Drawing upon Rumsfeld’s memoir, Bradley Graham’s Rumsfeld biography, and The Unknown Known (which director Errol Morris discusses above), Mark Danner tries to get inside the mind of the former defense secretary:
Having watched from the Oval Office in 1975 the last torturous hours of the United States extracting itself from Vietnam—the helicopters fleeing the roof of the US embassy in Saigon—Rumsfeld would be condemned to thrash about in his self-made quagmire for almost four years, sinking ever deeper in the muck as nearly five thousand Americans and hundreds of thousands of Iraqis died. He was smart, brash, ambitious, experienced, skeptical of received wisdom, jealous of civilian control, self-searching, analytical, domineering, and he aimed at nothing less than to transform the American military. The parallels with McNamara are stunning.
And month after month in his arrogance and tenacity he would deny an insurgency had taken root. Month after month, as the shortcomings of the army he had sent into Iraq—too small, too conventional, not configured or equipped or trained to fight an insurgency and thus fated in its impotent bludgeoning to make it ever worse—became impossible to deny, he would go on denying them, digging in his heels and resisting the change he had to know was necessary. And even as it became undeniable that Rumsfeld’s war, far from deterring or dissuading prospective terrorists, increasingly inspired and fostered them—that the image of strength and dominance he sought had become one of bumbling and cruelty and weakness—the power of his personality and of his influence over the president meant that for month after month, year after year, he was able to impose his will—and define the world we still see around us.
I think it’s worth comparing – even though the differences are as stark as the similarities – the response to failure in Iraq in Bush’s second term with the response to the failure of healthcare.gov in Obama’s. Bush and Rumsfeld and Cheney simply refused to acknowledge any failure at all. They were incapable of it. But more important, their fellow Republicans absolutely refused to break ranks or air criticism. The neocons knew their central project had collapsed in the sands of Mesopotamia and in the tortured gulag of black sites around the world, but they sure as hell weren’t going to rock the boat before the mid-terms. Bush was famously asked to name a failure of his in his first term in the 2004 debates – and couldn’t. In his second Inaugural, instead of reflecting on the catastrophe in front of everyone’s eyes, he upped the ante to the goal of using force of arms to wipe all tyranny off the face of the earth!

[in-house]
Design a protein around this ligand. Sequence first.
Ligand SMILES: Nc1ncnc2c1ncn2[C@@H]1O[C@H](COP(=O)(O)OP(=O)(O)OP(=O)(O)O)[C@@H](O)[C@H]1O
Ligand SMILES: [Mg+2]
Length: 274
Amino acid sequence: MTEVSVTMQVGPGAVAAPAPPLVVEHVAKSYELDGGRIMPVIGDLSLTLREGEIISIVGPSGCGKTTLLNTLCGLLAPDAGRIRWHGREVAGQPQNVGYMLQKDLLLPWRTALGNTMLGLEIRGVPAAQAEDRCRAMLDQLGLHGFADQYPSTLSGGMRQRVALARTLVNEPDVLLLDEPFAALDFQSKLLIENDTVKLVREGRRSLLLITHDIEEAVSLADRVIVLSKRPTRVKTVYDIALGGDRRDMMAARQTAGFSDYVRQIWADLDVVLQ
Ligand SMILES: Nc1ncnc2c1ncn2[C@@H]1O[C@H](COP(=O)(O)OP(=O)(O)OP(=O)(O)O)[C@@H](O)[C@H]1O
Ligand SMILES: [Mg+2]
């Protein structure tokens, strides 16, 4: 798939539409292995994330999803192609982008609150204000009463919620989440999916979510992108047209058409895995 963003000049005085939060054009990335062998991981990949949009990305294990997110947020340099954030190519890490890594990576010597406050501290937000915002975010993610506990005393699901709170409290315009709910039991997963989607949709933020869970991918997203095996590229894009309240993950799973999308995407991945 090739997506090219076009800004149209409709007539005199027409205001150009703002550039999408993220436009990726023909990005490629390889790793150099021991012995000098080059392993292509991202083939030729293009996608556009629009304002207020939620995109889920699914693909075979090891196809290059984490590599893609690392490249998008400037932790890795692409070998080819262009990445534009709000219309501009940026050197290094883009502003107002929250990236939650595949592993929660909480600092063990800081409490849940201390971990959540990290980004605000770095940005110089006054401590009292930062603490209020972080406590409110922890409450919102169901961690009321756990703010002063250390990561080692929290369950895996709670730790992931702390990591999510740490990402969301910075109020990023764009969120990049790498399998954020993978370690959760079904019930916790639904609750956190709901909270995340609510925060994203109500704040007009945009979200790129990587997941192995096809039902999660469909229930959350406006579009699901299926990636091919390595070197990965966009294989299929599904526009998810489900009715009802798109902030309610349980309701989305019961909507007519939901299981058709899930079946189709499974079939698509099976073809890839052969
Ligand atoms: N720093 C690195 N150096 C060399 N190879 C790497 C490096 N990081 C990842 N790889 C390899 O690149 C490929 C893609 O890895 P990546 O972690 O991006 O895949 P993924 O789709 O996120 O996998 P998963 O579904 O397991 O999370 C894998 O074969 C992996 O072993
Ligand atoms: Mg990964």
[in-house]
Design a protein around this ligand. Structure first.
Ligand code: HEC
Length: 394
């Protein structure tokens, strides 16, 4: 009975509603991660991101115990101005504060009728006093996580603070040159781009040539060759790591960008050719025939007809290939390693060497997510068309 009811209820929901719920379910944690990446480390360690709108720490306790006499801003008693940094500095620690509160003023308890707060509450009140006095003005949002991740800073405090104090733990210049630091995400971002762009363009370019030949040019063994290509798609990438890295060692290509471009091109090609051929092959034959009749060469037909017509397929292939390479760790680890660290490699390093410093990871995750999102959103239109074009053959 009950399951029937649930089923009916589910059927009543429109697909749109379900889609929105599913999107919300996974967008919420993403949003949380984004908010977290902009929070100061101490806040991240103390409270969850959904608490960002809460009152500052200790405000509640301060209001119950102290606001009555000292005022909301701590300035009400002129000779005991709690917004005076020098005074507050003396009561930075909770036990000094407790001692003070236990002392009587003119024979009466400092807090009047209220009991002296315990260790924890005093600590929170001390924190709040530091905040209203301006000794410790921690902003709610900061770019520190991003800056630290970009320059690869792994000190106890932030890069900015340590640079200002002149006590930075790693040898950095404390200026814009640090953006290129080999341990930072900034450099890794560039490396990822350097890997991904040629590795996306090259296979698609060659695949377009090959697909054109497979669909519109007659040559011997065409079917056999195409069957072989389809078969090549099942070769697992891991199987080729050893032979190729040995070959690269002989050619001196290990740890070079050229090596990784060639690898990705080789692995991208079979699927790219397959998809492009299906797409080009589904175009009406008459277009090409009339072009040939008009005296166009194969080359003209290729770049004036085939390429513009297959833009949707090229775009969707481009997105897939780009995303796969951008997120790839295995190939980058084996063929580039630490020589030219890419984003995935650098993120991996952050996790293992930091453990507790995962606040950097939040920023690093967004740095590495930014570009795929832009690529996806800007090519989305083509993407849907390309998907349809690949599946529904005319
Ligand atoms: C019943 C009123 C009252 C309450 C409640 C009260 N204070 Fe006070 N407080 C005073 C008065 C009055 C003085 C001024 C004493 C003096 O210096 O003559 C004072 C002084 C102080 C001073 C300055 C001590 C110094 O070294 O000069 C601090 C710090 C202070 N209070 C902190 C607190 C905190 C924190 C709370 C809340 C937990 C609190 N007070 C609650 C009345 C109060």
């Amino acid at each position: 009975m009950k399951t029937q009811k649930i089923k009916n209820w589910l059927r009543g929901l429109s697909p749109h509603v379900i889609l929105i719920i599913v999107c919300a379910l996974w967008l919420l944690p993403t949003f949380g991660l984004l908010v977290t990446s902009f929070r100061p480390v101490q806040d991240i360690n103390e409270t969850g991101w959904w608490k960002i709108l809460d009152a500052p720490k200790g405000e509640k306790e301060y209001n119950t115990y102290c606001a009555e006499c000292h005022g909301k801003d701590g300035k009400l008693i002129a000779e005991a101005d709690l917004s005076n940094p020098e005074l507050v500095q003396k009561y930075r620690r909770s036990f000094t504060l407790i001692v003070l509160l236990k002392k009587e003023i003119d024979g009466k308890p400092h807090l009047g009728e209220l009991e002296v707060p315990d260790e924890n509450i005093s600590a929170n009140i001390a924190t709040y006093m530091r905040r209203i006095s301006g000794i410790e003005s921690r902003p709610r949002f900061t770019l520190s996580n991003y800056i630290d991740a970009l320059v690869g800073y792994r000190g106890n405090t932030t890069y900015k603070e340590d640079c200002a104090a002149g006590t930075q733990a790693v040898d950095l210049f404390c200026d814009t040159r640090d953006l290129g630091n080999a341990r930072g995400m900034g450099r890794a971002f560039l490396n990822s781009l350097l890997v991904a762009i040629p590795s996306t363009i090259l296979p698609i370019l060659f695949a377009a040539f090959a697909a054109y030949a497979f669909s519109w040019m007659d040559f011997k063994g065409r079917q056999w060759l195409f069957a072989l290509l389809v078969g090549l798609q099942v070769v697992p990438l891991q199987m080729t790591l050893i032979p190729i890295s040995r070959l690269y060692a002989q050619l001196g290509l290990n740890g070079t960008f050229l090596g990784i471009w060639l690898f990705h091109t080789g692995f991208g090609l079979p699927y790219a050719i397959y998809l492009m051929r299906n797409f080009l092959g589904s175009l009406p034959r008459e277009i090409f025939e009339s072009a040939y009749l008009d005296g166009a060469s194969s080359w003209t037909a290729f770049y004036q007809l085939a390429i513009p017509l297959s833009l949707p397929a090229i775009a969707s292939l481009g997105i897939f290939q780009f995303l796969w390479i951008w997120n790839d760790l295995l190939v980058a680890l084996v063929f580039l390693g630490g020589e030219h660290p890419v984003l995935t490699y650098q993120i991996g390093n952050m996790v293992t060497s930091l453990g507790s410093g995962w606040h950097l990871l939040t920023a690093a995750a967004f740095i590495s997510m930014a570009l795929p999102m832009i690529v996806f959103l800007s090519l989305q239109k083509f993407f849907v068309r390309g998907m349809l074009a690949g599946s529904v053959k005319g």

Now compare Obama, who swiftly copped to a massive error, allowed himself to be knocked about like a punching bag at a press conference, squarely explained why in his mind he had not actively deceived Americans about not losing their plans, and pivoted to fixing the error.
The Democrats, far from remaining in lockstep unity, are all over the map, as they so often are. Their instant panic is almost as bad as the Republicans’ denialism. But only almost. Because of their skittishness and his own integrity, Obama is capable of acknowledging reality and adjusting to it in ways Bush never was. He has not publicly told Kathleen Sebelius that she is doing a heckuva job. He hasn’t actually joked about people losing their insurance, as Bush once did about not finding weapons of mass destruction, at the White House Correspondents’ Dinner.
Rumsfeld was both completely divorced from reality, while also constantly affirming that he, and he alone, was in close contact with it. That proved to be a particularly damaging – and arguably sociopathic – combination for this country and the world. Obama is very different. We wanted a president who could admit error, take responsibility and adjust. We got one. Even though so many have now forgotten what a rare and precious thing that is.